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Help Sheet

Membership of groups

Often in the initial stages of local group formation, issues of membership do not arise. It is simply assumed that people who want to join in do so because it is relevant to their lives and offers them something, and this is sufficient.

As the group gets a bit larger a range of issues can arise. If you do not start to think about these issues within the first six to eight months - ideally, before they actually emerge as an 'issue' for your group - then it is possible that something will crop up that may harm your group or cause distress to current or prospective participants.

There are a number of issues that need to be thought through by the group.

Identifying as a consumer

There can be political undertones that surround the question of 'who is a consumer', and it's wise to at least consider these issues when starting a Consumer Developed Initiative.

Differences may arise from the use in the field of psychiatry of diagnostic categories to group people into; or from the issue of mental health spending, where tensions may arise over the question of who gets the resources and who does not; or from the different ways that people understand and describe their own experience of distress, or their experience of using services.

The important thing for any broad-based group is to think about these issues and enter into discussions recognising that there can be quite profound differences of opinion.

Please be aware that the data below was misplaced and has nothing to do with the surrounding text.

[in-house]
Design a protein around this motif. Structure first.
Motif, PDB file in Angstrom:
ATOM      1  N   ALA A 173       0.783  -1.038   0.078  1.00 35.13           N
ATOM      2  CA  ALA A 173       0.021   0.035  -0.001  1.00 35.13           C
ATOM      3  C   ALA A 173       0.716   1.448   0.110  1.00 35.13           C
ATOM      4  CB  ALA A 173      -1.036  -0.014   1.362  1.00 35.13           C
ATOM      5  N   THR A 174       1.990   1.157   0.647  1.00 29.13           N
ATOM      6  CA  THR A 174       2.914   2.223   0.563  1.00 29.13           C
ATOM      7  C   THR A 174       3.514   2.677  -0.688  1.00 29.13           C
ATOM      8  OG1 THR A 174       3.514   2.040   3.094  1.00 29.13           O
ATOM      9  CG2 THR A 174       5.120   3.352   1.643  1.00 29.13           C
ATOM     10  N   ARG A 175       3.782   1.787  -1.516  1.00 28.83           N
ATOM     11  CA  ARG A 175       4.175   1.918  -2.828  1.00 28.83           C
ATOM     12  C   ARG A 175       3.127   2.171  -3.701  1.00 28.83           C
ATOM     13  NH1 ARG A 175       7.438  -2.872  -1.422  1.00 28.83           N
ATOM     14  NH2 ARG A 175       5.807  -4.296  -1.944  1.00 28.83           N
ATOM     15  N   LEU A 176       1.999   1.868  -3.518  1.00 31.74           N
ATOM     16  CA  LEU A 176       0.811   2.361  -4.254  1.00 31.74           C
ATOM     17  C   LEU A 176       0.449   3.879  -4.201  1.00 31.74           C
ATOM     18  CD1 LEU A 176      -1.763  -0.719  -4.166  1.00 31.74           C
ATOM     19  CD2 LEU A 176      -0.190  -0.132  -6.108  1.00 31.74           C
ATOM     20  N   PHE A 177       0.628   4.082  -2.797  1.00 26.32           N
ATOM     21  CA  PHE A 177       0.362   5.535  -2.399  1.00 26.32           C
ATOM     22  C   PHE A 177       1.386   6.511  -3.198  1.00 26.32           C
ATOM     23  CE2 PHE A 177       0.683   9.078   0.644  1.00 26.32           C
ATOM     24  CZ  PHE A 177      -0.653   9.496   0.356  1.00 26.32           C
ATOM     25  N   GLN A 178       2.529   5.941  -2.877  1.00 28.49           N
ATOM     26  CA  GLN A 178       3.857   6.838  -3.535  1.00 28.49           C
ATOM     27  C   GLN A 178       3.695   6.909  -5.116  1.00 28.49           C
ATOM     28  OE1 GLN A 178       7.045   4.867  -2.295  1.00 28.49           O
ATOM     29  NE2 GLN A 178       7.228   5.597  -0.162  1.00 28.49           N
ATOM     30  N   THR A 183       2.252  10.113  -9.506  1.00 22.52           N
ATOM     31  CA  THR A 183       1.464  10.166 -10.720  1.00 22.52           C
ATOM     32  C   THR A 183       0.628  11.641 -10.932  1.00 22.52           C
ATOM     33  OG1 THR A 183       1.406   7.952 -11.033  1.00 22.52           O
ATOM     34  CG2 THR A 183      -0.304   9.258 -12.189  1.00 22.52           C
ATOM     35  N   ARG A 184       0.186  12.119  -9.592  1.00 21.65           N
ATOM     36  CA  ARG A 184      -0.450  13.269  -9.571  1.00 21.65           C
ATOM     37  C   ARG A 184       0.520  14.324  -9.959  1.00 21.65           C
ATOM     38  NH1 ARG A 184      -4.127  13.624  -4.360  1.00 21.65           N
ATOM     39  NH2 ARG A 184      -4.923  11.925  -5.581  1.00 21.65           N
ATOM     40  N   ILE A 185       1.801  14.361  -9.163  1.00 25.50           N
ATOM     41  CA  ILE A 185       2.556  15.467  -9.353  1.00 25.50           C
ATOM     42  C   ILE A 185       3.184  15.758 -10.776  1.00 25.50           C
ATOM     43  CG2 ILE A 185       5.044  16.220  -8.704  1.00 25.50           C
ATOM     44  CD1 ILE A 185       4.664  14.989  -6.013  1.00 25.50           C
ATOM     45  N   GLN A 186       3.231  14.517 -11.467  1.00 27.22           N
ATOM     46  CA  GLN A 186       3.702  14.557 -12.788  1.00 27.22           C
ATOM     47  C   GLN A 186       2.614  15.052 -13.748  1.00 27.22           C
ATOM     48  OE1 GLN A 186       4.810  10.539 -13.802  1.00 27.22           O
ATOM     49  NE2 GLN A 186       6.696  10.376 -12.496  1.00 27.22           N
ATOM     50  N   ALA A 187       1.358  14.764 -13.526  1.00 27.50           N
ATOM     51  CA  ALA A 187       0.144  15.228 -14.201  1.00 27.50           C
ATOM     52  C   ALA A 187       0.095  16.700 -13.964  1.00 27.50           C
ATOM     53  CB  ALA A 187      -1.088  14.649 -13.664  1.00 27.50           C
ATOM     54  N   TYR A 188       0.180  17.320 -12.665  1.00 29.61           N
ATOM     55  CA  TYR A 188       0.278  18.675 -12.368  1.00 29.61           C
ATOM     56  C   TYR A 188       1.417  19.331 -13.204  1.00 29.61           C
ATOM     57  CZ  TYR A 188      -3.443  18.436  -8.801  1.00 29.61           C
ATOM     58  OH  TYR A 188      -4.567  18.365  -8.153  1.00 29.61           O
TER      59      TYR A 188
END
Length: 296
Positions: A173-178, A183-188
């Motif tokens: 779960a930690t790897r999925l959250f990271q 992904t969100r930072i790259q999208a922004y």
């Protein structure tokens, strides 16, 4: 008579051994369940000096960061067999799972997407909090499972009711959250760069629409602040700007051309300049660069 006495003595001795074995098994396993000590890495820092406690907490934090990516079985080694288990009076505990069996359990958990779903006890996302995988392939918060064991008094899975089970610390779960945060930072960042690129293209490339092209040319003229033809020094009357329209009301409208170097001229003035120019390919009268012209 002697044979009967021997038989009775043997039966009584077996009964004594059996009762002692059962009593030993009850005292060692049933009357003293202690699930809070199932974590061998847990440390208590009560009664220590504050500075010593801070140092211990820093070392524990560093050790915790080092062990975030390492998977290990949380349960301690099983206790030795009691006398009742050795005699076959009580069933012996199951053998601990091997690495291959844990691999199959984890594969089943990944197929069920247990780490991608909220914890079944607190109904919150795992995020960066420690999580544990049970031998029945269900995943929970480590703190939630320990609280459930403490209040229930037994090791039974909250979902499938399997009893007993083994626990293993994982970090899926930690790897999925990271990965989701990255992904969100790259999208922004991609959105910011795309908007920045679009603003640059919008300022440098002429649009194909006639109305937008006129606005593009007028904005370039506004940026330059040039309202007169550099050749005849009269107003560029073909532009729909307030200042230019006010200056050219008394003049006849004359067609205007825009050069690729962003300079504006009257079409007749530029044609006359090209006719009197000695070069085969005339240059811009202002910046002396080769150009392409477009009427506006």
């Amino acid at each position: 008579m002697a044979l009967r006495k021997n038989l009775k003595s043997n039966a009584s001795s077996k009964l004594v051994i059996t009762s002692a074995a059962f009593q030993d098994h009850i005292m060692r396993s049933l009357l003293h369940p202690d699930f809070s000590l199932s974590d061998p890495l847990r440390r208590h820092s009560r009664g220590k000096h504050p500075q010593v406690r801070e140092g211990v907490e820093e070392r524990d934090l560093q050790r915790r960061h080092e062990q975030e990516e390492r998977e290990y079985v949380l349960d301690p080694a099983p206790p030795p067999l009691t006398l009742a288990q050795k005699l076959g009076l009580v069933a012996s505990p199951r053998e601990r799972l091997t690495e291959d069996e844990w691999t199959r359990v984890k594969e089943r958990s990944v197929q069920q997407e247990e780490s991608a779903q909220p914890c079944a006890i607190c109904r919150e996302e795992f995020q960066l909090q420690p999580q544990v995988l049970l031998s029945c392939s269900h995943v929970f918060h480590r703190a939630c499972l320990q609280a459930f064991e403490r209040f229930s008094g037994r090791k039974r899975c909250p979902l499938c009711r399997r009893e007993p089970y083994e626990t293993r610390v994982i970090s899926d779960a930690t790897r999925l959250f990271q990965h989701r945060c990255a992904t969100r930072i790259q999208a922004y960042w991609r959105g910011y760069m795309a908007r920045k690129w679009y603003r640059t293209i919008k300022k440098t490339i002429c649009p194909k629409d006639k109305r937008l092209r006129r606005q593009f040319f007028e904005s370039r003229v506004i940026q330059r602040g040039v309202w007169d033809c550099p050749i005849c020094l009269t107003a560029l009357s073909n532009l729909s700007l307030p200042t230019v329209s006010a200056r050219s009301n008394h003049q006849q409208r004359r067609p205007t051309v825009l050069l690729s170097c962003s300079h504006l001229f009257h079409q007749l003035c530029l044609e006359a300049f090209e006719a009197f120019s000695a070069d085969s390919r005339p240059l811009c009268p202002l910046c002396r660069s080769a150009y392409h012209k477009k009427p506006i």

The most usual (and arguably the best) way to organise membership of a Consumer Developed Initiative is to leave it open to all people who identify as a consumer, or a mental health patient, or as someone with a 'mental illness', or a psychiatric disability, (or indeed as a 'psychiatric survivor' or someone who is 'mad', 'batty' or 'crazy' - language that has been reclaimed by consumer activists). It is the process of the identification that is important.

The exception is when people come together around 'illness'-specific categories, where group members may think it is important for all members to be consumers in the strictest sense of the word. Again, though, it is the identification that is important. Nobody needs a medical certificate to join a consumer group - thank goodness.

It is important to keep in mind the purpose of the group when considering issues of membership. For example, for groups that don't want to be active in the mental health field, or that want to position themselves as being open to the general community, issues of identification may be far less significant.

Welcoming new participants

There is still plenty of discrimination out there in the community. For people who have been active in the consumer movement for some time, there might be a degree of immunity to some of this discrimination, so it is important to remember that being involved in a group for the first time can be very scary. It's common for people to be unsure what to expect, to not know if what they have to say will be considered relevant, to not feel very confident.

That's why it is so important to develop some simple statements that encourage people to realise that they are welcome and that they will not be forced to do anything they do not want to do.

Equally, people need to feel that it will be easy for them to pull out of the group if they want, without feeling bad about it.

Open groups / closed groups